Concrete Jungle: There’s Some Things You Can’t Do

Facing an affordable housing crisis, it may be time for the big apple to rethink zoning.

By Adrian Pietrzak

Long before Occupy Wall Street protesters flooded the cramped concrete soapbox that is Zuccotti Park, New Yorkers’ frustrations were directed at the shadow they stood in: the imposing block-sized monolith that is the Equitable Building.

The building, aptly named for its impartial application of a seven-acre shadow, is brutally efficient, earning its nickname as the “world’s heaviest building”. But the temple to commerce brought worry to New Yorkers that their streetscape would be transformed into one of dark “canyons.” Within one year of the Equitable Building’s completion, New York became the first city in the Americas to enact comprehensive zoning reform.

Yet, the building may have more in common with modern day economic anxiety than is proximity to the epicenter of corporate disobedience. Its origins, and modern day uses, are closely linked with the City’s affordability crisis and some truly inequitable growth.


Over the past few decades, the changing tide of globalizing economic reality have, once again, made cities the beating heart of the American economy. After decades of urban flight, New York’s once withering population has recovered, and surpassed its 1970’s peak. And there’s few signs of that changing; the City is expected to surpass 9 Million residents by 2040. And it isn’t happenstance that people are returning to the concrete jungle. Globalization’s focus on skilled labor has concentrated key industries in areas where they can compete over the brightest workers. GDP growth has averaged stronger in the City than in the Nation. And just as more and more Americans are dropping out of the labor force, New Yorkers are putting their work boots on.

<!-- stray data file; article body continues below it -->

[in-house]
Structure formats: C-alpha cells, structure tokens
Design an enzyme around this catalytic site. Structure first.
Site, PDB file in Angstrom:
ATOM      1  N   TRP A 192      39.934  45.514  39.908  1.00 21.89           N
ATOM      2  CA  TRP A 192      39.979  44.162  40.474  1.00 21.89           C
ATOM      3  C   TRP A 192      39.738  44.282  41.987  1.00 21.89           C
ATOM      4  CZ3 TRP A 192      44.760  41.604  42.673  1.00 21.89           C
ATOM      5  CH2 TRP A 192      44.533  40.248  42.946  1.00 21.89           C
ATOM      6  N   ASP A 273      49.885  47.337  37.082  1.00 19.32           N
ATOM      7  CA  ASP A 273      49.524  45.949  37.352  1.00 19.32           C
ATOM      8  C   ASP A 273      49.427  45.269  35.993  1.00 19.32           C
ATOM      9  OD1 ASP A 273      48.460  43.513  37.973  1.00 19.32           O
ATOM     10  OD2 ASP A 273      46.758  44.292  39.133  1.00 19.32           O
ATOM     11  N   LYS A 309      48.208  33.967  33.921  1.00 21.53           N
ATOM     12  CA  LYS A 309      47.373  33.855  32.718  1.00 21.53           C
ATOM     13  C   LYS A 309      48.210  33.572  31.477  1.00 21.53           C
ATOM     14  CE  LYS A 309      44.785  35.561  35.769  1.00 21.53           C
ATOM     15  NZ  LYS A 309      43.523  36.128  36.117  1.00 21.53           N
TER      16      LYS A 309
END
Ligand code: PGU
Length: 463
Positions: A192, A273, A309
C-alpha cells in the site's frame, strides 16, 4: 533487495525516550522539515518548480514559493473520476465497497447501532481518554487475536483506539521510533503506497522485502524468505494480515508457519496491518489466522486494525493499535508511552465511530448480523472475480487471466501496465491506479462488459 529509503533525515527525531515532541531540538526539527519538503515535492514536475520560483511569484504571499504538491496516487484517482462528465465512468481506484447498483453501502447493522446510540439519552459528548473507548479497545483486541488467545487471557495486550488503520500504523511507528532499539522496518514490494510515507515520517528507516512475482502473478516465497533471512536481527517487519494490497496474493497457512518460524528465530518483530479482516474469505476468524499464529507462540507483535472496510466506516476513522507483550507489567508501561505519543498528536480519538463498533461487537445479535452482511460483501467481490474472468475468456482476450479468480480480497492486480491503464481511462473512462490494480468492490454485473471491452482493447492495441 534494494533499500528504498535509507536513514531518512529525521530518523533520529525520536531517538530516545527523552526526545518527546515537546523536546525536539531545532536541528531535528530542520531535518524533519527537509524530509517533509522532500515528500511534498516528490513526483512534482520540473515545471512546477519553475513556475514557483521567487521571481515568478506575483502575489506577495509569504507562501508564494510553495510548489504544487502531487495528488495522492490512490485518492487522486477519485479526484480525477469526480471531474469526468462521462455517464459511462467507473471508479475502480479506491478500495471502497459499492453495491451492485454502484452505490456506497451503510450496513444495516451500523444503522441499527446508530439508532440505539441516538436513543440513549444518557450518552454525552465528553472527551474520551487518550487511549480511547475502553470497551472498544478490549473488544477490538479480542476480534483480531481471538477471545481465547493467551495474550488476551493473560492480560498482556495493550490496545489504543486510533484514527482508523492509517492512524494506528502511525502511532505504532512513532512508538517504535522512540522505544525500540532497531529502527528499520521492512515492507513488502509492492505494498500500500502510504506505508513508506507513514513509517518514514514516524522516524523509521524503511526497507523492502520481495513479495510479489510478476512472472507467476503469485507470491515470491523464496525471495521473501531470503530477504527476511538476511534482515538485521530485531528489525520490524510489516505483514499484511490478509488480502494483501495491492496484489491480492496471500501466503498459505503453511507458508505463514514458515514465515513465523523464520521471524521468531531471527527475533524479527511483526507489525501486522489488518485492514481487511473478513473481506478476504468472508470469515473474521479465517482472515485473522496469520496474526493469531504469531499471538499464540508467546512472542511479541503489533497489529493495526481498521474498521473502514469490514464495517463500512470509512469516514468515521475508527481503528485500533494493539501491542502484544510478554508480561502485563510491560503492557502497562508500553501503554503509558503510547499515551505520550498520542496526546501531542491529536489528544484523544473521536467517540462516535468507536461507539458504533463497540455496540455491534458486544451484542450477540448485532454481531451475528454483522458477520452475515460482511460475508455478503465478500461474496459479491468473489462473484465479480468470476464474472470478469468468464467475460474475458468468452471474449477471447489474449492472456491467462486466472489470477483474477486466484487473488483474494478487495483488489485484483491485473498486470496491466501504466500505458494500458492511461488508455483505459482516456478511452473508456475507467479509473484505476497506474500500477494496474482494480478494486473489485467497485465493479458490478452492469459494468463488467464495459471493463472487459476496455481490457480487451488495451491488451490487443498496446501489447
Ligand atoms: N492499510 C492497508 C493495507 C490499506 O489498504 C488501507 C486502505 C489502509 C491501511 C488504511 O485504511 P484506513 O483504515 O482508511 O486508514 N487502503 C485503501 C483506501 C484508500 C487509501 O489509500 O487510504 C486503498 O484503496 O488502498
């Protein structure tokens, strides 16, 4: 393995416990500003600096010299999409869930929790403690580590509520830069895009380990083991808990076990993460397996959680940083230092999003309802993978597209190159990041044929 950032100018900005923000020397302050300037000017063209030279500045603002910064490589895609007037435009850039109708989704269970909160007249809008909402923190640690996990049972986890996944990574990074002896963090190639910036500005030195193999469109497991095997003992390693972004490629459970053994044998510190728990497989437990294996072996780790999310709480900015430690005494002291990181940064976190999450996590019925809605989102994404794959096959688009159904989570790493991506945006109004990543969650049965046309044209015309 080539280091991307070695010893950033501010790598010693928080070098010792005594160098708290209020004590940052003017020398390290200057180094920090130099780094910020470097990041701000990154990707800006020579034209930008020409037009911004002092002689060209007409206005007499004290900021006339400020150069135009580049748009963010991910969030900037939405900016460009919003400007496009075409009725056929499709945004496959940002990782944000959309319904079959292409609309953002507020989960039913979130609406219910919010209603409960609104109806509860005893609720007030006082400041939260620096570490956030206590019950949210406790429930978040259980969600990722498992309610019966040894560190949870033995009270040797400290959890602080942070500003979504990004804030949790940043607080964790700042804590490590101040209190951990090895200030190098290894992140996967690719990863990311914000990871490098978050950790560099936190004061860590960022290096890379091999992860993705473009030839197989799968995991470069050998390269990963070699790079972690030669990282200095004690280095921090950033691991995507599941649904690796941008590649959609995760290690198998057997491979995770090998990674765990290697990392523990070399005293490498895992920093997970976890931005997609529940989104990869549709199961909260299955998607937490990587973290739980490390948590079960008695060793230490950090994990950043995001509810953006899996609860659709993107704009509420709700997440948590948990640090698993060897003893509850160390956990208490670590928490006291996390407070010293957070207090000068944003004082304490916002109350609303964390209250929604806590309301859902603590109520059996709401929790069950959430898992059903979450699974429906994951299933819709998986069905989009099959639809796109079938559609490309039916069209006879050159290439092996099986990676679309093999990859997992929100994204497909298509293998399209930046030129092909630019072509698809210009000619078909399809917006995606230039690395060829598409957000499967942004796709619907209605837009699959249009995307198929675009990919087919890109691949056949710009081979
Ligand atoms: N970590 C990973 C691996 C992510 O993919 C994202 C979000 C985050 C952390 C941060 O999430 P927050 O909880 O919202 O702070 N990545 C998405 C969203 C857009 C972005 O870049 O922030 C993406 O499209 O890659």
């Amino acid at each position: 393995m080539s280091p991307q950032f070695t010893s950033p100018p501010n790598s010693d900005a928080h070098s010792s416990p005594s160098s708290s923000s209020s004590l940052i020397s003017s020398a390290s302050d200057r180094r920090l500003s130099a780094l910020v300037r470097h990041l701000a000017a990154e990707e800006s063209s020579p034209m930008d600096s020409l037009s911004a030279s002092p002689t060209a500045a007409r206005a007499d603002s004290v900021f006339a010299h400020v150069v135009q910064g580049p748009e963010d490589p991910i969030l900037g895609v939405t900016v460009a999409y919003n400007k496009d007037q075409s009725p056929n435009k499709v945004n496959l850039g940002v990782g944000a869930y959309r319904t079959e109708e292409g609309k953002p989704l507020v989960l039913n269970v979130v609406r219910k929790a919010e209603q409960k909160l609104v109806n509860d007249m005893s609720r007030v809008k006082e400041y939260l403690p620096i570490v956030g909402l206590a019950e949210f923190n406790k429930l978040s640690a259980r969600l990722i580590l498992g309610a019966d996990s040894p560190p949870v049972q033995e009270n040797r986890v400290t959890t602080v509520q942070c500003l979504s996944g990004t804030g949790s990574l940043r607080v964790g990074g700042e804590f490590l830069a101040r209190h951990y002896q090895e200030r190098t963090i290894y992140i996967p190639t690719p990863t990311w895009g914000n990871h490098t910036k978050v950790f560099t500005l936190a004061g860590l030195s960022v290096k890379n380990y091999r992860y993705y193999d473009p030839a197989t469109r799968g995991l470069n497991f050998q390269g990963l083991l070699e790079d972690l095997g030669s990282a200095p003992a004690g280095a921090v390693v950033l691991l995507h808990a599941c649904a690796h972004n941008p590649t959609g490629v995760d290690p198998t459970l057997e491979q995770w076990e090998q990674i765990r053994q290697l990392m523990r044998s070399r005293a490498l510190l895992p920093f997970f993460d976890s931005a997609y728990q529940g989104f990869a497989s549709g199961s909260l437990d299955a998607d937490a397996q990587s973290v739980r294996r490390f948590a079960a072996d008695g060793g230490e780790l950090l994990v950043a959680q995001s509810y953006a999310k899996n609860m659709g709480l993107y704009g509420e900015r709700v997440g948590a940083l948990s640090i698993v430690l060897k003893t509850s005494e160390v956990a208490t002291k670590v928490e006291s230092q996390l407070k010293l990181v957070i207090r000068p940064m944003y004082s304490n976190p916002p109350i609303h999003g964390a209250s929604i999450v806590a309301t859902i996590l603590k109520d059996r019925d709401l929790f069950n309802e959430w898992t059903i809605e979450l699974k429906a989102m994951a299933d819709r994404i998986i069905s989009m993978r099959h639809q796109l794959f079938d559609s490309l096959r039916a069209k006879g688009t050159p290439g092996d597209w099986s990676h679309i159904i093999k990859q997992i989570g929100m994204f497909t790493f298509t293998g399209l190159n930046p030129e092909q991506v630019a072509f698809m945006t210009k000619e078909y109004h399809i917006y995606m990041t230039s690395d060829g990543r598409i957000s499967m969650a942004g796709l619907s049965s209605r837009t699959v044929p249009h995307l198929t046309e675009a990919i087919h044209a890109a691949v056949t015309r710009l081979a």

Yet, while globalization has made the city an attractive new home, living costs are anything but. The Census Bureau estimates that between 2011 and 2014, median rent rose by a whopping 3.4% after deducting inflation, with the median renter paying $1,200 per month. By contrast, the median renter only saw a 1.1% increase in their household income; leaving an increasing share of their income devoted to rent payments. And this comes in an already rent strapped city. A full one-third of renters are “rent-burdened,” meaning that they expend more than 50% of their monthly income on rent.

A rent strapped populous is more than just a trope; New Yorkers are getting the short end of the stick regarding a serious market inefficiency. The rise of housing rose some 40% relative to other goods and services since 1970, diverting New Yorkers’ money away from potentially supporting local businesses and upstarts. Moreover, increases in the relative price of housing (as renters have seen weaker gains in income than homeowners) has increased income inequality by some 25% since 1970, making an already stratified city truly separated by a canyon of wealth.


Yet, higher rents aren’t so surprising. If more people demand to live in a city, it’s natural that the influx of residents will bid up the rent of a fixed level of existing housing. The issue lies with the supply of housing; developers and the local government have struggled to satiate the desire for new homes as newcomers flood into the city. While many have validly pointed to tighter credit following the 2008 Financial Crisis and Hurricane Sandy damage, New York’s housing shortage goes far beyond these temporary afflictions: the City’s regulatory and zoning codes may have produced perverse city growth patterns.

While most economic theories regarding urban growth focus on proximity to city centers or other industries (in economics jargon, the monocentric city and agglomeration models), recent advances in literature have pointed to other culprits explaining high rents: zoning and urban planning regulations. The NYC Department of Planning, ironically situated in the Equitable Building, was created to mitigate the externalities of mixed land development. Plagued by pollution and poor sanitation, the city hoped to separate residential, commercial, and industrial (RCI) developments into “zones” where they are permitted to exist.